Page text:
David Frost is the head of the Institute for Orthodox Christian Studies in Cambridge. He is an emeritus professor of English at the University of Newcastle (Australia) and a former Fellow in English at St John’s College, Cambridge.
While an Anglican, he was heavily involved in the development of the modern Anglican liturgies, including the 1980 Alternative Service Book. He eventually ‘came over’ to Orthodoxy.
Frost recently gave a lecture at ‘An Ecumenical Symposium to Celebrate the 350th Anniversary of the 1662 Prayer Book’, on ‘The Influence of the 1662 Book of Common Prayer on the Orthodox’. But his views are highly relevant to the Catholic Church, especially given the new Ordinariate liturgy. The talk can be read here. Or, you can listen to Frost reading a slightly expanded version, in a sonorous voice, on Ancient Faith Radio, here.
By way of background: in search of a de-nationalised ‘Western Rite’ Orthodox liturgy, some Orthodox drew heavily on the 1892 American Book of Common Prayer, importing not just its style of language but also almost all of the ‘classic’ texts of the 1662 Anglican liturgy, including the Prayer of Humble access, the General Confession, the Comfortable Words, etc. Versions of this – some incorporating ‘Tridentine’ elements such as the Prayers at the Foot of the Altar and the Last Gospel – came into use, especially in Antiochian Orthodox communities in the USA. A quick internet search (try “Liturgy of St Tikhon”) will yield many examples – here is just one.
Frost’s argument – his view is shared by a number of prominent English-speaking Orthodox, including Metropolitan Kallistos – is that use of the Prayer Book texts in Orthodox liturgies was a major mistake. The 1662 language, says Frost, has led to a liturgy that is ‘a halfway house for those not yet ready to be Orthodox’.
The essay unpacks this claim. The Book of Common Prayer liturgy, in Frosts’s view, is theologically corrupt; it has an unbalanced and juridical view of sin and guilt, and it was heavily motivated by terror of ‘the uneducated, uncivilised mob’. It understates what Frost calls ‘the mighty acts of God’, especially the resurrection. It was, he says, unduly influenced by Calvinism.
He doesn’t pull any punches in his condemnation of Cranmer’s work – for example, in describing the General Confession (‘we acknowledge and bewail our manifold sins and wickedness, which we from time to time, most grievously have committed, By thought, word, and deed, against thy Divine Majesty, Provoking most justly thy wrath and indignation against us.’), he writes
A side of me still thrills to that. Brought up in a guilt-culture, I still want to binge on self-abasement, followed by the ‘high’ of unmerited, almost magical release. But long before I became Orthodox, I began to have doubts, especially in an Anglican parish that encouraged frequent communion. How could the sacrifice of Christ be failing to create that serving and pleasing of God in ‘newness of life’ for which I pleaded each Sunday? Why did I have to come back week after week, making the same old complaints of bad memories and intolerable burdens? When would I, ‘reflecting as in a mirror the glory of the Lord’, be ‘transformed’ (as St Paul said happened to all Christians) ‘into the same image from glory to glory’ (2 Corinthians 3:18 in the Revised Version)?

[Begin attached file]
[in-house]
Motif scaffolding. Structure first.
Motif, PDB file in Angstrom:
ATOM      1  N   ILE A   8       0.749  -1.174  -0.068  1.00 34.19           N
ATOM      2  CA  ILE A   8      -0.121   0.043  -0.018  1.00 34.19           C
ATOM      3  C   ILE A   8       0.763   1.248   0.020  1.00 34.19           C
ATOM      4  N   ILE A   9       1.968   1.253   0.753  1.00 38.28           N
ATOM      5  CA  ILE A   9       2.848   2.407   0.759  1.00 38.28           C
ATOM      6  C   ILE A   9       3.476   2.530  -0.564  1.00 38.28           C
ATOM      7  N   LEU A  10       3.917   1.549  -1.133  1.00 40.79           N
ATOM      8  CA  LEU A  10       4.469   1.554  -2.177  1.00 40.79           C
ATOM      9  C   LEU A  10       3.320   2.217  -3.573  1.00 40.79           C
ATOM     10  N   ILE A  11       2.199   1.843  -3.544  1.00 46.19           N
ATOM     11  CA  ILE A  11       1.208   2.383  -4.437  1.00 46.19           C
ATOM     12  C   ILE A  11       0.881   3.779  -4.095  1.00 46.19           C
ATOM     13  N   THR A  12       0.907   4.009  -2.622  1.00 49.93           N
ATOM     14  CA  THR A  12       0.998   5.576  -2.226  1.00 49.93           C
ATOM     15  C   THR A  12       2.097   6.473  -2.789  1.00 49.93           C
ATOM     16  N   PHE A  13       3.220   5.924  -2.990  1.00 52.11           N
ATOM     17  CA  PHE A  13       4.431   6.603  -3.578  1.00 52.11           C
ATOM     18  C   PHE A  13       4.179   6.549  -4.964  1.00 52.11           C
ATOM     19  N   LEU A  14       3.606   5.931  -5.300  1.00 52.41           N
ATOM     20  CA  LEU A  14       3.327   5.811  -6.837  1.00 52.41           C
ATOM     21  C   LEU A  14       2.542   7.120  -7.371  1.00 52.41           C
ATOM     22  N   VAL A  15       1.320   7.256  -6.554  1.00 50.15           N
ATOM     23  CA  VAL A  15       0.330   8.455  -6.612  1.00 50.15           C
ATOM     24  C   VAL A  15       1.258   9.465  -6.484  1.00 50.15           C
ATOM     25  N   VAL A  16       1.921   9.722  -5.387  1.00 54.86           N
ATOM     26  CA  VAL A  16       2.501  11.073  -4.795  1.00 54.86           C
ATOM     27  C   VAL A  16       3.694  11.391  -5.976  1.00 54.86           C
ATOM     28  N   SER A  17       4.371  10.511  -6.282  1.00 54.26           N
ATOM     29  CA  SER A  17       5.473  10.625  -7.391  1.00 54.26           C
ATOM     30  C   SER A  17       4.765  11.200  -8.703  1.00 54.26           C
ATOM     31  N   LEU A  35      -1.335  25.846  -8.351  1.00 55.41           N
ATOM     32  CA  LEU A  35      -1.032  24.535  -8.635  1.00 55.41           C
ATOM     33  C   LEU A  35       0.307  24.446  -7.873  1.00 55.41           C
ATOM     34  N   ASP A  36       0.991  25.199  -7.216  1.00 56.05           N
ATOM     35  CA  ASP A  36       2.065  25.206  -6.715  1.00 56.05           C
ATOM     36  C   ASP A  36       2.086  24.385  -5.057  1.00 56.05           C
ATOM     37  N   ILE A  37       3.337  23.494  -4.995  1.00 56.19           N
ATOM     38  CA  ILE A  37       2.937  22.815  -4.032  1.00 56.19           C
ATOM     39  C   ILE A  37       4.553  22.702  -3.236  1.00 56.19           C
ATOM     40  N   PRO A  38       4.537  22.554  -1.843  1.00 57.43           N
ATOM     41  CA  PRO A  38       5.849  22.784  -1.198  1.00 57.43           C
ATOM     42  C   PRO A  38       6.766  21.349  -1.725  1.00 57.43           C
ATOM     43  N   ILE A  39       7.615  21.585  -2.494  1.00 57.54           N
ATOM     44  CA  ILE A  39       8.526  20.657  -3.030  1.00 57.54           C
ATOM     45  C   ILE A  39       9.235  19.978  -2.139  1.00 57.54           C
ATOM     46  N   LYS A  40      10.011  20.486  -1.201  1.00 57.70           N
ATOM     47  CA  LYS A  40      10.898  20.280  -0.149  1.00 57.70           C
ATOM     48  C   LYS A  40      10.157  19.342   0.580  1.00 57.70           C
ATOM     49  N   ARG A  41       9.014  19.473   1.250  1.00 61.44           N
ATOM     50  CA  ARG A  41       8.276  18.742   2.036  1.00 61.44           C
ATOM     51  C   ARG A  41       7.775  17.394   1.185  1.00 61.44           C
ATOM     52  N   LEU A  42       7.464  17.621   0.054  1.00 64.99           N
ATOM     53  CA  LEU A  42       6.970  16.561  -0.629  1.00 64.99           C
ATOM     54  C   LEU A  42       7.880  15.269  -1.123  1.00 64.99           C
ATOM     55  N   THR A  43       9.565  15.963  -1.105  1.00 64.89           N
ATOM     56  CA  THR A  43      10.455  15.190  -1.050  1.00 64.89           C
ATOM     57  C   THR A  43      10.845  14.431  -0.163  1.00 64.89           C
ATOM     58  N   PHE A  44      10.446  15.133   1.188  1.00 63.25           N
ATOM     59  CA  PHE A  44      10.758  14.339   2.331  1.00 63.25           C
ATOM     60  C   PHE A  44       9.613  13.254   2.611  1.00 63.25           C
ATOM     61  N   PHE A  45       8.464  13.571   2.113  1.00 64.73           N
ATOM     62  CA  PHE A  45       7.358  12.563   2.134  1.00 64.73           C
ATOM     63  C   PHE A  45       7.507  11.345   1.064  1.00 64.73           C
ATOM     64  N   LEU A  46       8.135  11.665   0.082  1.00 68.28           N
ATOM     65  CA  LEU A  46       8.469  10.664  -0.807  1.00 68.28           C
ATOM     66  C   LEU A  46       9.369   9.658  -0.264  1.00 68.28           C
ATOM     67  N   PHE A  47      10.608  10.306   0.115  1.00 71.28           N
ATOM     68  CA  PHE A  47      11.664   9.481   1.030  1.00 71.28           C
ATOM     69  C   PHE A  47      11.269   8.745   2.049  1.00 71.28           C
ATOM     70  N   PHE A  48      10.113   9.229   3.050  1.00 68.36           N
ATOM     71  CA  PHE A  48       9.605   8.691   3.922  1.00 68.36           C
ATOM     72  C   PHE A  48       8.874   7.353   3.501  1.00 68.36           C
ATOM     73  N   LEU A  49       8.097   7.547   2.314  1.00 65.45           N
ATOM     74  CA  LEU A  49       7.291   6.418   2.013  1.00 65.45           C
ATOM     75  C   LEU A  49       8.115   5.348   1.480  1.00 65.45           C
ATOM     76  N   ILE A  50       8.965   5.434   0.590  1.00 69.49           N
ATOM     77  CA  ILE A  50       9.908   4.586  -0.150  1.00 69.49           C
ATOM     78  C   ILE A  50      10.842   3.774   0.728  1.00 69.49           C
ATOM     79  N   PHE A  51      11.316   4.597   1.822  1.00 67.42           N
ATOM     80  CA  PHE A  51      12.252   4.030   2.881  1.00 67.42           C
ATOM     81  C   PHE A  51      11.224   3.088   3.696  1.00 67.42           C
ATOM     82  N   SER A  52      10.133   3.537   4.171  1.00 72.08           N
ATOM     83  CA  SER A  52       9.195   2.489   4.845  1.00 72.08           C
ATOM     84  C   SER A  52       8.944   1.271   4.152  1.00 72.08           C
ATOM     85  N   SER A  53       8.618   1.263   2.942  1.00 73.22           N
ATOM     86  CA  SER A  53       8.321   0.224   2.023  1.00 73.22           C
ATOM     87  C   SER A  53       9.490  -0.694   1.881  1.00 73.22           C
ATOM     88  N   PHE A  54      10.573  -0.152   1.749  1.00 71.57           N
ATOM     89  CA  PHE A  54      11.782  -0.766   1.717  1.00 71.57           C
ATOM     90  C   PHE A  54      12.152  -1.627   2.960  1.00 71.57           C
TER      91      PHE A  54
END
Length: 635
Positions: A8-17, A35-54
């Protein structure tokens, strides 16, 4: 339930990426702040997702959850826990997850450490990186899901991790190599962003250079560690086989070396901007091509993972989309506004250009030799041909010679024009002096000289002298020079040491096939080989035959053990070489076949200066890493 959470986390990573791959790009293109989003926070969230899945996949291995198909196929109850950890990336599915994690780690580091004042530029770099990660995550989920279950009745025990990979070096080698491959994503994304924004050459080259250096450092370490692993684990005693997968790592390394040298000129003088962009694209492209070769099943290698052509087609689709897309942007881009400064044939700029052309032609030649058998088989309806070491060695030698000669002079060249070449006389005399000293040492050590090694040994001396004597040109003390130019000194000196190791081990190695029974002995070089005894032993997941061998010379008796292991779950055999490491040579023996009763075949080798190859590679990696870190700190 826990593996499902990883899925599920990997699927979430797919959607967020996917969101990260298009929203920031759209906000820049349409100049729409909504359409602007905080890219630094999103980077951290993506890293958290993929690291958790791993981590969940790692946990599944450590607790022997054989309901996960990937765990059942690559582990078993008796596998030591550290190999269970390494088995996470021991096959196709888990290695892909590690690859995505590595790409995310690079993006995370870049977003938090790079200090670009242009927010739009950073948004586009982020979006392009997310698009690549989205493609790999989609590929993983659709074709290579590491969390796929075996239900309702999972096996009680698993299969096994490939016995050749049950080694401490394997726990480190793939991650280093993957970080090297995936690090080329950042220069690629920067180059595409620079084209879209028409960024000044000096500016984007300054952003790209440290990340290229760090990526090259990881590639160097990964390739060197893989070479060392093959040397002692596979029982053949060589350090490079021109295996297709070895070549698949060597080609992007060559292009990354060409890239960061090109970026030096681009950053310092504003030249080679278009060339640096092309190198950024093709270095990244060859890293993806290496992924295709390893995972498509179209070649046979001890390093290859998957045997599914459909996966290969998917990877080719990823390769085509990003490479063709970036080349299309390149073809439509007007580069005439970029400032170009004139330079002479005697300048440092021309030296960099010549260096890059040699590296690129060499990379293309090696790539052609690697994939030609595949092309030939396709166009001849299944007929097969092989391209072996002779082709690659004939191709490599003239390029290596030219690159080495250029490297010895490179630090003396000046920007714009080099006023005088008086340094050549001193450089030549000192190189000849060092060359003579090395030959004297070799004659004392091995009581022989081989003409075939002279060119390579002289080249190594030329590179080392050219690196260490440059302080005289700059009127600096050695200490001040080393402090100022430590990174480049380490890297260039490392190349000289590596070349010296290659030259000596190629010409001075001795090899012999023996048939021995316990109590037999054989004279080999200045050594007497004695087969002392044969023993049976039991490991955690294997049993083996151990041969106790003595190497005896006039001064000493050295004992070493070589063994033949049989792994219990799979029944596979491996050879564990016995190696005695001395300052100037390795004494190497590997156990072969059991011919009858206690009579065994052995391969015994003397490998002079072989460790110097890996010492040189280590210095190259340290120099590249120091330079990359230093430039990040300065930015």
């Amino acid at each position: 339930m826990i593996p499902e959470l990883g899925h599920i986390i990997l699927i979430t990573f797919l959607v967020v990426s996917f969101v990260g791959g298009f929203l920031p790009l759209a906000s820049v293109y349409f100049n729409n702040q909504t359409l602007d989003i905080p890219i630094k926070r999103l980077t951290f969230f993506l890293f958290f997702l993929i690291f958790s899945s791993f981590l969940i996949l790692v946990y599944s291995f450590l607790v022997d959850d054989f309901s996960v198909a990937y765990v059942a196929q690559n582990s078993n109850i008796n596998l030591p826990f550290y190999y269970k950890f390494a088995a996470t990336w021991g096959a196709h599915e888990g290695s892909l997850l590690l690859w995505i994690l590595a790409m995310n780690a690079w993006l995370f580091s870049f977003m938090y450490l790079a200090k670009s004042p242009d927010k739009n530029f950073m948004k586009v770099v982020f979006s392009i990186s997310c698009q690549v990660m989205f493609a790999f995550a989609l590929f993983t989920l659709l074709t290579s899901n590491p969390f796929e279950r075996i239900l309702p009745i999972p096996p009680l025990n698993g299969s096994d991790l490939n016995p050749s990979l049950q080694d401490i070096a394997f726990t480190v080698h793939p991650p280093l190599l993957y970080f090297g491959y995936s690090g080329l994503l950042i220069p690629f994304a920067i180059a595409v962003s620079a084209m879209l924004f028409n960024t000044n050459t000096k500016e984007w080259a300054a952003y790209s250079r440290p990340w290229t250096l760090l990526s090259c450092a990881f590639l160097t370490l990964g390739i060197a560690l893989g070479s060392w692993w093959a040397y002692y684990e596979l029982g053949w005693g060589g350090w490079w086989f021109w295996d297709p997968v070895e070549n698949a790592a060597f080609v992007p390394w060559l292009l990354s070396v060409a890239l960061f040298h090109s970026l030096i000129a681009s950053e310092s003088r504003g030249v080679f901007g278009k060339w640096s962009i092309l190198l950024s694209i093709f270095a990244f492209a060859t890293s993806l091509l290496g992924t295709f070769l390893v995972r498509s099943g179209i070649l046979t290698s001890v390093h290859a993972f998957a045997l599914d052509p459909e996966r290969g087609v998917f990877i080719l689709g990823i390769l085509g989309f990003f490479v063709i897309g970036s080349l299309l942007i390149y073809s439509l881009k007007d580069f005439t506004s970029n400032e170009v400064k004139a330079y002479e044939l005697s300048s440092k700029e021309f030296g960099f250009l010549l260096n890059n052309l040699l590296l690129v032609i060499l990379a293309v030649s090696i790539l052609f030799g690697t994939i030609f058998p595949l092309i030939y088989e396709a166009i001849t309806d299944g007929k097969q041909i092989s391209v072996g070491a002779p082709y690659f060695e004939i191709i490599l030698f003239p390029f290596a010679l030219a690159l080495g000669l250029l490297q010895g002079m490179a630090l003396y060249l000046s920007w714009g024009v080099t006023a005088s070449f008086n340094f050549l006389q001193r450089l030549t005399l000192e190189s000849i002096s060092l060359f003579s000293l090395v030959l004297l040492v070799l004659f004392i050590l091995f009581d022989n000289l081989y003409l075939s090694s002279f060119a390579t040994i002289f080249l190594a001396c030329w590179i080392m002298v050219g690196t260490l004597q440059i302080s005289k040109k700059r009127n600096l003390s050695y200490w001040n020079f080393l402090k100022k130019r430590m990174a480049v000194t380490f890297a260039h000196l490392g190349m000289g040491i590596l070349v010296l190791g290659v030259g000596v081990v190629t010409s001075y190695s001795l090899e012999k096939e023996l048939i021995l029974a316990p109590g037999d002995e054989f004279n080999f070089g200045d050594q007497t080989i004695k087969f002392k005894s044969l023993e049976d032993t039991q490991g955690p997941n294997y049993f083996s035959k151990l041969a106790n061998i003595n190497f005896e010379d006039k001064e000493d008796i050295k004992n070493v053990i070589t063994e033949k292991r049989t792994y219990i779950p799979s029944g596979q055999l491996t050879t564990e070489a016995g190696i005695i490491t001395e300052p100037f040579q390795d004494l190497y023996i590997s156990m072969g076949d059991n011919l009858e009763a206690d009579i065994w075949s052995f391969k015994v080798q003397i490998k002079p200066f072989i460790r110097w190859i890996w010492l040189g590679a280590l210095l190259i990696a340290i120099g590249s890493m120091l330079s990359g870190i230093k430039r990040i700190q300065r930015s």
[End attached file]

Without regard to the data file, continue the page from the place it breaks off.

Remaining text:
It is not only the content of the texts that Frost attacks. He also criticises what he calls ‘sub-Cranmerian English’.
Despite being a lover of Renaissance literature, I have argued throughout my working-life that to create a special language for religion akin to ancient Hebrew or Sanskrit is the characteristic of cults — and the Christian faith should not be turned into a cult. It is contrary to the practice of the Apostles, for the gospel was communicated in the Greek koine, an international trading language whose counterpart today might be internet computer English.
To have a substantially different language for worship would seem to contradict the basic message of divine incarnation. When at Christ’s crucifixion the veil of the Temple was rent in two, the barrier between sacred and profane was shattered. It is all too easy to erect that barrier once again, and the barrier goes up imperceptibly as language grows old-fashioned and unfamiliar.
The greatest danger presented by imitation of Cranmerian English among the modern western Orthodox is that it may become yet another hierarchic, archaic language for worship that can protect and insulate one from its content, just as much as colourful ceremony and fine chanting.
The relevance of Frost’s lecture for Catholicism is slightly complex. After all, we are not Orthodox. Some of the texts that he attacks appear in the older Latin missal. Some of the texts that he cites as missing are also missing in the Tridentine Mass – the explicit epiclesis, for instance.
Nonetheless, I think he makes many good points. It is not at all clear that Thomas Cranmer’s heavily Calvinistic theology should be ‘cut and pasted’ into a post-conciliar Catholic Mass. His critique of ‘sub-Cranmerian English’ rings true to me. Even setting Catholic and Orthodox differences aside, I found his lecture a damning criticism of the new Ordinariate liturgy.
The whole piece is well worth reading, or listening to.